“I can’t bear the sight of my baby suffering,” says Noor Zadi, as she holds 10-month-old Saeed Ahmed in her arms.
Just weeks after losing her home in Pakistan’s deadly floods, Noor is now terrified for her son.
“We’re poor and we’re really worried about him,” she says.
As a doctor inserts a tube into his tiny ankle, gently pushing a needle into his sensitive skin, he screams in pain.
Said is in urgent need of a blood transfusion as he has contracted a severe form of malaria.
Noor’s family is one of thousands now facing a double burden. Health officials here in Sindh province – the hardest-hit region – say they have seen a dramatic increase in malaria, dengue and diarrhea cases as displaced families live in the countryside next to standing water.
Saeed is not the only baby receiving life-saving treatment at the Thatta District Hospital’s emergency ward.
Sitting on the other end of the same stretcher as Noor, another mother watches anxiously as her child is attached to an IV.
Almost all the patients in this ward are young children, almost all of them suffering from flood-related diseases, says Dr Ashfaque Ahmed, a doctor at the hospital.
As he shows us around the ward, Dr. Ahmed tells me that he is facing a severe shortage of anti-malarial drugs.
In the next bed, a woman named Shaista lies motionless to the side. Seven months pregnant, and also from a flood-hit area, she is extremely unwell and is being taken to a bigger hospital further away, Dr Ahmed tells us.
Every few minutes another patient comes in.
As Ghulam Mustafa enters the ward, his two-year-old granddaughter Shaima clings tightly to his shoulders.
“My house was completely flooded,” she says, “I took her to the doctor in the camp where I live but they couldn’t help me so I came here.”
Not everyone can go to a hospital. Half an hour away, we visit a camp in the province’s Damdama district, which has become home to hundreds of thousands of flood refugees.
As we drive into the area, swaths of land are covered in water – the roofs of some houses peeking out below.
Along a river bank we pass what looks like an endless series of makeshift tents, built by the most primitive means.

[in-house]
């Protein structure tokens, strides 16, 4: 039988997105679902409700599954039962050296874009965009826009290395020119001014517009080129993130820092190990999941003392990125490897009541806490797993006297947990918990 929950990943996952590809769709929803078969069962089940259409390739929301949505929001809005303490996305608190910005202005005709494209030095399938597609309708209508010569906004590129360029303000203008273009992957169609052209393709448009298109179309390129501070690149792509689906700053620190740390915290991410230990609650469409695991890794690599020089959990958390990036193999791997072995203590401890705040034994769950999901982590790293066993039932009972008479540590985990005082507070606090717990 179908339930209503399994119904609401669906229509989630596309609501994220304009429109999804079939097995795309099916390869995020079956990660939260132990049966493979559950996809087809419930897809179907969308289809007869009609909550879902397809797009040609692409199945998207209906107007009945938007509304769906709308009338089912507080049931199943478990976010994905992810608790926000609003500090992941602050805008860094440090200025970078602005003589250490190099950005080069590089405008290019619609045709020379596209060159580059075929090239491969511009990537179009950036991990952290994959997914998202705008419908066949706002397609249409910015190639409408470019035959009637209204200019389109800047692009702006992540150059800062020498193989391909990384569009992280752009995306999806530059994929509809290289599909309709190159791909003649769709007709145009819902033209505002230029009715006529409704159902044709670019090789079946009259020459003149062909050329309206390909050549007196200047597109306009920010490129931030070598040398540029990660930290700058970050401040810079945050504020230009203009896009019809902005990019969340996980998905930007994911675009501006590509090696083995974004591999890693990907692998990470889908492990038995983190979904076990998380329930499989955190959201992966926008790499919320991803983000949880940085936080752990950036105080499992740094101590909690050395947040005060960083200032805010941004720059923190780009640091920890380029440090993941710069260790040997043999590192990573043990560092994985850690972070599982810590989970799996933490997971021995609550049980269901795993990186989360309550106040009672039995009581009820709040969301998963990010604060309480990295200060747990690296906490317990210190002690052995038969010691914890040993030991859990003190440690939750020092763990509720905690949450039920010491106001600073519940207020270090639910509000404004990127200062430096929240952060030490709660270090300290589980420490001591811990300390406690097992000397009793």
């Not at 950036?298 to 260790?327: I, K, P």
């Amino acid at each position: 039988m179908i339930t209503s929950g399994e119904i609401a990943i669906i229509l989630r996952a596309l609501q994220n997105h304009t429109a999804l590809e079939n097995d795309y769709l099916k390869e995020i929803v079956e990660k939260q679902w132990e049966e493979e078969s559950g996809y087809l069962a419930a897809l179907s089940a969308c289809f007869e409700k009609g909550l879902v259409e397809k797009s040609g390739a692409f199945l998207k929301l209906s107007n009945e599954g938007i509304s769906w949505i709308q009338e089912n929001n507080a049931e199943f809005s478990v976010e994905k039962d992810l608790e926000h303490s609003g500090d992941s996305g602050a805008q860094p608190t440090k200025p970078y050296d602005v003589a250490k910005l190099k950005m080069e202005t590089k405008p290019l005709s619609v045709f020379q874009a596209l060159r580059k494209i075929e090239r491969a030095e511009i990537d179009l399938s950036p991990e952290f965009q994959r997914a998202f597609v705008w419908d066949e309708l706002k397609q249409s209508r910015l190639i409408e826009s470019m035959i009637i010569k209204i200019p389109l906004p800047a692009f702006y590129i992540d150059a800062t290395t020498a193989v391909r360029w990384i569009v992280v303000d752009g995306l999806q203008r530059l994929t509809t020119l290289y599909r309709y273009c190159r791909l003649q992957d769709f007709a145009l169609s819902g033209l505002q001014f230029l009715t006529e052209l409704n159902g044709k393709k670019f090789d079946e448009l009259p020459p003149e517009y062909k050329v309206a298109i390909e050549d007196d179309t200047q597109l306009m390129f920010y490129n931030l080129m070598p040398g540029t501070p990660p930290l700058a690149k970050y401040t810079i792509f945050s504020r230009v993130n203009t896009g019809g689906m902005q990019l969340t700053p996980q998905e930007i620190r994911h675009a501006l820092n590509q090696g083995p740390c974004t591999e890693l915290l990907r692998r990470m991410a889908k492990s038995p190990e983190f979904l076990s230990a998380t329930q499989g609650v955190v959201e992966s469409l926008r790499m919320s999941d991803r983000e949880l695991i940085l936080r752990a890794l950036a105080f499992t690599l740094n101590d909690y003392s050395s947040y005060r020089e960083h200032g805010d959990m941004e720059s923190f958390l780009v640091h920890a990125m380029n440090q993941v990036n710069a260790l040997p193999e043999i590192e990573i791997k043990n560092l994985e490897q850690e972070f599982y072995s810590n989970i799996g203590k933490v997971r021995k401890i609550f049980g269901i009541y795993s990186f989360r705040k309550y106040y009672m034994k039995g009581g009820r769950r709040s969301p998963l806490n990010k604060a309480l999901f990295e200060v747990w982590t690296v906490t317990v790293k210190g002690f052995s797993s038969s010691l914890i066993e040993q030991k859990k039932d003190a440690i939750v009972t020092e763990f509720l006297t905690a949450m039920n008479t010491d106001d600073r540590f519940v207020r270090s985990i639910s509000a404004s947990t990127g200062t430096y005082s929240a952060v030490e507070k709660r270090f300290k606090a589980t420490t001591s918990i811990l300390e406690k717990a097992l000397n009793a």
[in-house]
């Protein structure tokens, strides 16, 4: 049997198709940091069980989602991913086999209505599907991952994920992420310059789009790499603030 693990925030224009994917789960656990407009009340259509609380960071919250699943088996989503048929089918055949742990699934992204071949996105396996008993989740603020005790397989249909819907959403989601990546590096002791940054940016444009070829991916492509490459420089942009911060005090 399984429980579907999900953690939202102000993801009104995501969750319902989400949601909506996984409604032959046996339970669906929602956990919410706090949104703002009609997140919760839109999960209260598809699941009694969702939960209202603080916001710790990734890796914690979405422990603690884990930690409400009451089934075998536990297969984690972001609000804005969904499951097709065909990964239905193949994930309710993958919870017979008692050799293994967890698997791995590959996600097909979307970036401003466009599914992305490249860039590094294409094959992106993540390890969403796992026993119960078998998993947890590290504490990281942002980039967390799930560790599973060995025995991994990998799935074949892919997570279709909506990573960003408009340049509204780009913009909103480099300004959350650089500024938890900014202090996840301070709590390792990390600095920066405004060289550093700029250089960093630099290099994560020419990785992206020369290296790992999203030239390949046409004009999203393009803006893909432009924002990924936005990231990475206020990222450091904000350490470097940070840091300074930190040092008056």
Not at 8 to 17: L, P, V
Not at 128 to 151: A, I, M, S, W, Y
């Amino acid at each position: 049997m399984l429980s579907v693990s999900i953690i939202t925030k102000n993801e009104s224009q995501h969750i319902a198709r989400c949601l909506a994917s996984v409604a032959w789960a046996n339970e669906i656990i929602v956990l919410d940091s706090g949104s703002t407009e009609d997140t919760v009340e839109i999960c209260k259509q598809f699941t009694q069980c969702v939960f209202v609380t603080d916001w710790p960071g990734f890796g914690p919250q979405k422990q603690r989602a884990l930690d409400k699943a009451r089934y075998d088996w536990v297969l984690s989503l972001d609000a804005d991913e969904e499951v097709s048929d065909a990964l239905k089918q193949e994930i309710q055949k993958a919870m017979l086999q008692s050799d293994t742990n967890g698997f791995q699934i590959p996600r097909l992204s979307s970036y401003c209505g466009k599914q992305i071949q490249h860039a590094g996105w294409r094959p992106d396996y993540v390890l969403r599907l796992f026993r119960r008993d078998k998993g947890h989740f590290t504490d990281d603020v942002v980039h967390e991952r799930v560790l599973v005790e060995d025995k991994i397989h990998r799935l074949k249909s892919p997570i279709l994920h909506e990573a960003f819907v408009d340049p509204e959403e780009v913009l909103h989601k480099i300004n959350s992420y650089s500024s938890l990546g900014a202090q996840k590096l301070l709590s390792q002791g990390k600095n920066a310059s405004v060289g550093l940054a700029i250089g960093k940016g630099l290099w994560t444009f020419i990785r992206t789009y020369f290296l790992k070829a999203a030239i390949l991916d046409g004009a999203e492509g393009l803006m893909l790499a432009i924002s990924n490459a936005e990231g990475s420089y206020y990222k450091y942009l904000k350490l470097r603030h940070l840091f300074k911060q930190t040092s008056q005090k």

The sticks hold pieces of cloth, or leaves, together to create a flimsy structure – barely enough to provide shelter from the intense heat, let alone the rain.
Many of those who live here are young families, as we approach the camp many people run to ask us if we are doctors.
A woman holds her little son in her arms, he has had a fever for days and does not know what to do.
Underneath a main tent is where we find Rashida and four of her seven children, who are not well.
Eight months pregnant and worried about her unborn child, she says she has no money to take him to a doctor.
“They have a fever and are vomiting… the mosquitoes have bitten them. My children are crying for milk,” she says.
Rashida says she has not received any food aid or tents from the authorities. Others who shared similar stories say they feel abandoned.
Dr Ghazanfar Qadri, a senior government official in Thatta, admitted there was a shortage of tents but said food aid was being sent to as many areas as possible.
“There may be some pockets that have not been covered, but as far as I know, the whole area has been covered by rations,” he told the BBC.
As Rashida awaits the birth of her next child, these words provide little comfort.
Officials say it could take months for water levels to recede.
Pointing to the swollen river, he shows me where he once lived.
“Our house was washed away. We have nothing.”